Sign of Hope‘s struggle for clean water in South Sudan:

In-depth report from key association of NGOs “Brave David’s long fight for the most basic of human needs and rights” Hero of the Environment Nnimmo Bassey Just out: an important report. Important because it covers – in-depth – a key subject: how NGOs – the brave Davids of this world – fare when they confront multinationals – today’s Goliaths. Important because it is from VENRO, whose size – 120 Germany-based NGOs – and their missions – providing humanitarian and development assistance around the world – makes it a leading advocate of and reporter on best practices in these key fields.

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South Sudan’s Sosywood

Coming soon to a screen near you? Young film-makers hope to draw attention to social problems like gang violence and child marriage with their movies By Inna Lazareva JUBA, June 6 (Thomson Reuters Foundation) – At the entrance to a wooden shack in a quiet neighbourhood of South Sudan’s capital, Juba, a young man in ripped jeans and sunglasses stands gripping a golden pistol, his finger hovering over the trigger. “And action!” comes the call from a corner of the cabin, where Emmanuel Lobijo Josto, 22, is directing a movie about gang warfare, wiping off sweat in the 40-degree Celsius

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Oil-mudslides rolling over South Sudan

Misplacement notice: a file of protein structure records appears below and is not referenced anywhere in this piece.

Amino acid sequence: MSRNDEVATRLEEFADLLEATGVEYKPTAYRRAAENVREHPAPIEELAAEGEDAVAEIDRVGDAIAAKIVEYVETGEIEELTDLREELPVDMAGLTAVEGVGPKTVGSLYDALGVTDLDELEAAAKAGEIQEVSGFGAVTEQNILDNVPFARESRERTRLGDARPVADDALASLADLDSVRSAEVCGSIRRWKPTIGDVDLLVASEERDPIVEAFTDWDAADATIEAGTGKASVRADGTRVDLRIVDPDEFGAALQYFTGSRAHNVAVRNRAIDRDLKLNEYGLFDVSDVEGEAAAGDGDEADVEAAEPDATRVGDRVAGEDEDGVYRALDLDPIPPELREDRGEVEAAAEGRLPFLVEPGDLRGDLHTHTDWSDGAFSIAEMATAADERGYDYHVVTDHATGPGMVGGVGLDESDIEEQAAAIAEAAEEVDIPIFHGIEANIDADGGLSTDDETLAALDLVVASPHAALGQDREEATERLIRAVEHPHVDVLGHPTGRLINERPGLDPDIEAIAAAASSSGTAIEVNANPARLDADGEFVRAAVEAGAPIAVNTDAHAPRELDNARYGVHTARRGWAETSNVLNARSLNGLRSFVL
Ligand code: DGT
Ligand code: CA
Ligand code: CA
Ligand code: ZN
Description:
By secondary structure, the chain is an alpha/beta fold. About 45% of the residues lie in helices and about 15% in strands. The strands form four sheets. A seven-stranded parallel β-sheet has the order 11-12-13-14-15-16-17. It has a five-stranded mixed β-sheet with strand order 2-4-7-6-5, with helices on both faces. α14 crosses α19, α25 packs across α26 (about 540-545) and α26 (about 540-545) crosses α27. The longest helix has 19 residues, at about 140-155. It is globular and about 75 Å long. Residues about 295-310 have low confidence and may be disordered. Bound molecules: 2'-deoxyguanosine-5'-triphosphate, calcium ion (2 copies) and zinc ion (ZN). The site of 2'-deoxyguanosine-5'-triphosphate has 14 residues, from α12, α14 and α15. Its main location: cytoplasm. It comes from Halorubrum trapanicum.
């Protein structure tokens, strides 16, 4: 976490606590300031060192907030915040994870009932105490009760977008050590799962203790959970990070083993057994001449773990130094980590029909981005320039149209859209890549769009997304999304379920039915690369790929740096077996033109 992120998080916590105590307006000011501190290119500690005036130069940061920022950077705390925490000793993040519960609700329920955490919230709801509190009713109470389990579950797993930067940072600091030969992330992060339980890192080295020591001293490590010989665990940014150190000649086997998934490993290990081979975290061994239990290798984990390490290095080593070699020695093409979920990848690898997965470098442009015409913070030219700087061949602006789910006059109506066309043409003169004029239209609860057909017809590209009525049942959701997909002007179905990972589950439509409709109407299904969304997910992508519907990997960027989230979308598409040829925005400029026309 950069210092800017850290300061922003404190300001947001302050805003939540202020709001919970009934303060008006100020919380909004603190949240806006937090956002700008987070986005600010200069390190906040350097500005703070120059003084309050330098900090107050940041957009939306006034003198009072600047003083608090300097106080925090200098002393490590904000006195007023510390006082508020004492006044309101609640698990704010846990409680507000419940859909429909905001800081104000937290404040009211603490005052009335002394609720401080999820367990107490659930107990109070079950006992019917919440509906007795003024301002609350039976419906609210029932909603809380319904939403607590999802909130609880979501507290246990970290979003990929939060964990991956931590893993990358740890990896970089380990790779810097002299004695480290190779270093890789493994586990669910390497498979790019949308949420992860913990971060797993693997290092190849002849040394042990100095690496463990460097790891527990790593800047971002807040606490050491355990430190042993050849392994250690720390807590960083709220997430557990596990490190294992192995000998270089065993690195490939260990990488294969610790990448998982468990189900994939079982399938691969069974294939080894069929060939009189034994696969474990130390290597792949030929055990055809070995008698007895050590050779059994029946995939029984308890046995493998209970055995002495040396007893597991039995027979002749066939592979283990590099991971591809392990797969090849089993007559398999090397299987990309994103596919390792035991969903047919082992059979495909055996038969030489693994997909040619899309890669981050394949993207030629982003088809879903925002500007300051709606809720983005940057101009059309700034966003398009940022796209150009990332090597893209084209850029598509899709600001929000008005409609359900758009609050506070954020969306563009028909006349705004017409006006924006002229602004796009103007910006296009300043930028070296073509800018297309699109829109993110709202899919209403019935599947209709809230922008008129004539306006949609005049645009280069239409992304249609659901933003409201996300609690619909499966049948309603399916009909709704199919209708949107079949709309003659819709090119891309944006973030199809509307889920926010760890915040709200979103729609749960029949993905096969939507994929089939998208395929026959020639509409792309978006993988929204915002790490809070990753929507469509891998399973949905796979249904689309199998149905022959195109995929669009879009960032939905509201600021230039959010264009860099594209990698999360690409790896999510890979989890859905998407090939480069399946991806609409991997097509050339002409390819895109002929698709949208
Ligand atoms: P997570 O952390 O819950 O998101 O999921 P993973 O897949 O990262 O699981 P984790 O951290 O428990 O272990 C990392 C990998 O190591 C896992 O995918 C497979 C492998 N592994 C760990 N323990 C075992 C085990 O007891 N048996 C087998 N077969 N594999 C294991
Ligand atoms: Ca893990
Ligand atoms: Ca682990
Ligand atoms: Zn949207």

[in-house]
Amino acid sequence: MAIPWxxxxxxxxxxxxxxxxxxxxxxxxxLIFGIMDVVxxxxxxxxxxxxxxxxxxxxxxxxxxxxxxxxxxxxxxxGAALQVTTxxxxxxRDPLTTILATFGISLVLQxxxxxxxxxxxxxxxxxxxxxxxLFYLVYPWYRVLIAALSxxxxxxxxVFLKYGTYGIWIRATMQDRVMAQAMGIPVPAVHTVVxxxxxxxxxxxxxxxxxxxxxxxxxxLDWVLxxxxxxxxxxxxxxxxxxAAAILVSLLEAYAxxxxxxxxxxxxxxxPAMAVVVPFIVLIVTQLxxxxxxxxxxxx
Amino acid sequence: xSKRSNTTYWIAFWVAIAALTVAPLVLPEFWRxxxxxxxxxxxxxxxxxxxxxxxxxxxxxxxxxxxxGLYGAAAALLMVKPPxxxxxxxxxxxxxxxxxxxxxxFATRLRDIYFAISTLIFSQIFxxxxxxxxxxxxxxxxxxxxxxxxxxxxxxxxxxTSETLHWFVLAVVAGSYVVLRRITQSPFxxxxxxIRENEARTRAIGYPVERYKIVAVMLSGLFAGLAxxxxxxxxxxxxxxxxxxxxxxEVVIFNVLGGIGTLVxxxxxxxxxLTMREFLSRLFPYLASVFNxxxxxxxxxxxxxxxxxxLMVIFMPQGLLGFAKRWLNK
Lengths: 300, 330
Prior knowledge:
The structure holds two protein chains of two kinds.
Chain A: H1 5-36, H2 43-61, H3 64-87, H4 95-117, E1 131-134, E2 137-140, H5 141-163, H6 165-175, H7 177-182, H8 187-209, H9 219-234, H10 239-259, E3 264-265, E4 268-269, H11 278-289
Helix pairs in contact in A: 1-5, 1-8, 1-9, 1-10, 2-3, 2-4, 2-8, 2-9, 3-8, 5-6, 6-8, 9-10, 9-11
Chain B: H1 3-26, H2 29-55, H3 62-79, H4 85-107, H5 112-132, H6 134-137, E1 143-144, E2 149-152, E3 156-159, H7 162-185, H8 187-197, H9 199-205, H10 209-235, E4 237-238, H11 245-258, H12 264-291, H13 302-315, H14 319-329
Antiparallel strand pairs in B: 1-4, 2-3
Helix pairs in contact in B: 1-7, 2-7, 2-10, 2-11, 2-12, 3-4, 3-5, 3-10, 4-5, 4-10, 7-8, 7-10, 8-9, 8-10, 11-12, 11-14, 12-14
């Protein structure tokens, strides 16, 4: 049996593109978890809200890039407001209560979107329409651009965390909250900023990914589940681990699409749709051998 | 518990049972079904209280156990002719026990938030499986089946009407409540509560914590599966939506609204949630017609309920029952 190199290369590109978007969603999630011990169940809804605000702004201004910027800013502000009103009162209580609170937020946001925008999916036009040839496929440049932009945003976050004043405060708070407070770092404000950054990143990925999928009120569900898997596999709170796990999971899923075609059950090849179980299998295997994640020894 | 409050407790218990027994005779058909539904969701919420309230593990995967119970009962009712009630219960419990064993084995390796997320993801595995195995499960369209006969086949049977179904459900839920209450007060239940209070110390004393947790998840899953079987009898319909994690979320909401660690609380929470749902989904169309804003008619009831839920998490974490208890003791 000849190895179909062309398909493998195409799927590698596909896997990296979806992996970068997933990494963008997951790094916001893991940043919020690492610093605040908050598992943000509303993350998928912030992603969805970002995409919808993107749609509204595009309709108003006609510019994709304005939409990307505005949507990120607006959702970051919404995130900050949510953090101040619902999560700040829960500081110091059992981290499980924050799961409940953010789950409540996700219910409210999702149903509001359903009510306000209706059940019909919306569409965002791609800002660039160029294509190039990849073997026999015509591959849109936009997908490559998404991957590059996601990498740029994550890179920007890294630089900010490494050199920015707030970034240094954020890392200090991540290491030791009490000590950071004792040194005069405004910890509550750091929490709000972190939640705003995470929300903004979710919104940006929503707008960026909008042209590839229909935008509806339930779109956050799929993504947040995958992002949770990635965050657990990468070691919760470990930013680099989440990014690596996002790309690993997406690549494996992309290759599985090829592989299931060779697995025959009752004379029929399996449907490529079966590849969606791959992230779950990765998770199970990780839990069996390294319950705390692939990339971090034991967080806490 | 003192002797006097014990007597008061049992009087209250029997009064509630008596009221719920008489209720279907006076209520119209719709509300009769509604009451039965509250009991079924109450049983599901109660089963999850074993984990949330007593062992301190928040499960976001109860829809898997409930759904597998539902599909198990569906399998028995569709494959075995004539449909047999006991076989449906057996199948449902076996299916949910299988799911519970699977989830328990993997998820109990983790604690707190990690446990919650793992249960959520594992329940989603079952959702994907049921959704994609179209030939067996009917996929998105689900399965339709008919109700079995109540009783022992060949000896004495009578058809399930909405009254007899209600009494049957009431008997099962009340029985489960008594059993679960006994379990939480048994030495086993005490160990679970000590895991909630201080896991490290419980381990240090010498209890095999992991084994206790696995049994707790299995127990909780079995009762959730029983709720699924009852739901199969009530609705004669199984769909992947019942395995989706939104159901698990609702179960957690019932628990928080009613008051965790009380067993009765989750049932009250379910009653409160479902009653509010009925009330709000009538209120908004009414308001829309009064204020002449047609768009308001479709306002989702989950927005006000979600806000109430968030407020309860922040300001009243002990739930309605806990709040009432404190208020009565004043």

Trigged by an oil spill and subsequent heavy rainfall, waves of oil and contaminants-soaked mud are rolling over South Sudanese villages and farmlands, reports the Nile Institute of Environmental Health (NIE-Health), one of the country’s leading environmental monitoring and reporting institutions. https://www.facebook.com/NIEH2016/?hc_ref=ARSVAlJb-HSYuz4PPezZTwcppv_DQHwEt4SCM96Doh6Muwit9cbSKWJKxjbKPOEInWw&fref=nf The oil spill resulted from a bursting in December 2017 of a pipeline connecting Paloch and Adar, home to two of South Sudan’s most productive oil fields. The fields’ operators patched the pipeline and made a half-hearted attempt to bury and cover the spilled crude. The seasonal rainfall gripping South Sudan has transformed the oil residues into a

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Fighting for their forests

Courageous communities take on the clear-cutters in South Sudan’s pristine woods Ignoring regulations designed to protect Lela-Bul, wildcatting loggers are swarming over from Uganda to clear-cut one of Africa’s last greatest stands of first-growth forest. As environmental journalist Hannington A. Ochan reports, this onslaught is finally inciting resistance. The communities that have lived from and with the forests for generations are organizing themselves to fight for them. Read the full article

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Healing the pain through comedy

By Waakhe Simon Wudu Mading Ngor’s childhood was spent fleeing the massacre that wiped out his village and killed his father, and then surviving the ensuing ten bitterly-hard years as a child refugee. One of his remedies for fixing South Sudan would seem surprising, especially in view of his own harrowing childhood: comedy. “We looked for the one thing that could build bridges across the deep divides that rack our country, and we came up with comedy,” says Mading. And specifically, neighboring Kenya’s Eric Omondi, whose international popularity recently earned him a star turn on Jimmy Fallon’s Tonight Show. Read the

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Remembering a friend